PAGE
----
If money is an issue in your life, and these days that’s the case for pretty much anyone outside society’s top tier, proper budgeting is essential. Holding a budget for food expenditures can be difficult: increasing prices, a poor economy, other constraints (mortgage, rent, utilities), and the list goes on. In some cases, these expenses can be reduced — don’t have the A/C on as much, drive less to save on gas — but I’m going to focus on what you can do to save money on produce, especially by way of farmer’s markets.
The benefits to farmer’s markets are many: first and foremost, the produce is fresher. Grocery store fare is generally shipped over long distances, including international shipping. If I’m buying blueberries, I don’t want blueberries that were flown in from Chile. Sorry, it just isn’t going to happen. The produce you find at the markets is bound to be picked quite recently, maybe even that day. It’s also unlikely that the produce being brought to the market is rotting or inedible — otherwise, as the beauty of free market enterprise will show, that farmer won’t be selling much of anything. So, quality isn’t an issue.
Second, you have the knowledge of – or at least can learn – where and how the produce was grown. I’ll take knowing the soil health, pesticide policy (if any is used), and personal investment of the farms and farmers over the convenience of a cookie-cutter supermarket anyway.
Third, there’s the human interaction side of it. This relates to #2, but humans are inherently social creatures and having that social interaction can be a highlight of some peoples’ weeks. In the case of the farmer’s market on my university campus, I enjoy milling about and talking with the vendors from whom I buy my fruits and veggies. Not only do you learn the quality and production of the food you’re buying, you build friendships.
“But what does any of that have to do with the price of the food?” you ask. “Aren’t farmer’s markets more expensive than the supermarket?”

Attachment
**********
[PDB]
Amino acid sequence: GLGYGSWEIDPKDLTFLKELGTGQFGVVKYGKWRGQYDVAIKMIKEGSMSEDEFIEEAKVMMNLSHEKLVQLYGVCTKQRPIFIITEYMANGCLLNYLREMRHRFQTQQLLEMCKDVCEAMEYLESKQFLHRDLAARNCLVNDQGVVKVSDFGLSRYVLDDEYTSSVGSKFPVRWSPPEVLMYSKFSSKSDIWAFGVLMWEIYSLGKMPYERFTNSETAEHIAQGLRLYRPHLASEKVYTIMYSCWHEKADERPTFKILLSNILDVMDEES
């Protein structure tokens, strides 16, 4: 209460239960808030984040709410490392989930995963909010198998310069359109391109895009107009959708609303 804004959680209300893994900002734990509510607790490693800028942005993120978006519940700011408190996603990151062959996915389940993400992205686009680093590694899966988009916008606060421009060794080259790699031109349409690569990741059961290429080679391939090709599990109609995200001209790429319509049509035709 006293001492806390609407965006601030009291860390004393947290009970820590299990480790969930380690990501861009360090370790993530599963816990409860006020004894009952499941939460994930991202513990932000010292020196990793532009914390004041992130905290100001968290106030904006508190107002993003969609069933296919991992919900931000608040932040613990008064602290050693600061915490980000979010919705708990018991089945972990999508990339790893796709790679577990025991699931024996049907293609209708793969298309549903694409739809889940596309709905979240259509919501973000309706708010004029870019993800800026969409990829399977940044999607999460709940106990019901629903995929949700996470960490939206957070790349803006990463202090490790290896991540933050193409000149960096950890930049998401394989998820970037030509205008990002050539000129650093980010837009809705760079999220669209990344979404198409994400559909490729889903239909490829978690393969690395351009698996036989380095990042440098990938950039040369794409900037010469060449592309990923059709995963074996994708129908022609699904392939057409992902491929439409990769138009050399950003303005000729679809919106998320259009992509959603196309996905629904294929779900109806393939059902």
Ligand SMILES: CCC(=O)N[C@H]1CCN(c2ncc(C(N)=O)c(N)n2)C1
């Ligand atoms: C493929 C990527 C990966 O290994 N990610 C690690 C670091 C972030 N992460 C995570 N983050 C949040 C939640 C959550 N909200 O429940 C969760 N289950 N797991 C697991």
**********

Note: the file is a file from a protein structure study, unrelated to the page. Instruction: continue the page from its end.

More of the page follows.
Well yeah, sometimes they are. However, what supermarkets have that farmers don’t are significant operating and labor costs. They don’t have to pay to store loads of food, they don’t have to pay for checkout lines and store upkeep and carts and huge refrigerated shelving and…
The key is to find the foods and vendors whose prices are below what you find at the grocery. It really isn’t that hard either, if you pay attention to the prices of things you buy at the store. If a farmer is selling cucumbers at 2 for $1, you’re immediately saving money if you know that the grocery store charges $0.75 per cuke. So, that’s a fifty-cent savings right there. Yes, it’s small, but that’ll add up as you continue through the day.
Many items can be had at a per-pound price significantly cheaper than the grocery, and the same can be said for hard-priced items (e.g., the cucumbers above being $0.50 each). If you can get tomatoes for $1.25/lb at the market versus $1.60/lb or higher in the stores, you’re on a roll. Squashes, tubers, greens, all of that can be had for cheap if you pay attention.
Don’t only pay attention to price, either. Pay attention to seasonality. When certain foods are in season, buy them! The volume that farmers bring is higher, and they have to unload the produce or risk losing money. It’s a buyer’s market in that scenario, and prices show this by how much lower they are. Buying and eating seasonally will be a boon for your budget: you won’t have to tighten the belt on your wallet — rather, you’ll loosen it a bit. (The opposite happens when you eat Primal — loads of produce: you’ll be tightening your belt!)
As a matter of fact, as you get to know your farmers and they get to know you, you may be able to score some free extras if they have some to give. Hey, getting food for essentially nothing (getting free stuff just drives the per-unit price down)? Sign me up! While traditionally it’s best to get to the market early (at least, that’s my preference: you get first dibs), showing up closer to the closing time may also be beneficial, as in the rush to sell produce, vendors may be more inclined to “make a deal.”
All told, the benefits of leveraging farmer’s markets are amazing. Now, if you don’t have farmer’s markets in your area, and can only make do with the grocery, you can still take the seasonality aspect into consideration. As October wends into November, the market prices for the winter squashes (acorn, butternut, spaghetti, etc.) will drop and you’ll be able to take full advantage of their deliciousness at a price that will be very budget-friendly.
So, to recap: Farmer’s markets are a great way to socialize, make friends, be knowledgeable about the food you’re buying, buy fresh and high-quality produce, buy that produce more cheaply than the supermarkets… and in the long run, save you money.
A University of Miami graduate with a B.S. in physics and current graduate student, Russell became interested in fitness and nutrition midway through his time as an undergraduate. He made the transition to a Primal/Paleo lifestyle shortly after graduation and has been applying the nutritional and fitness philosophies on a college student’s budget since then. He has since started PrimalUniversity.com as a resource for college students who are living Primal/Paleo on limited means.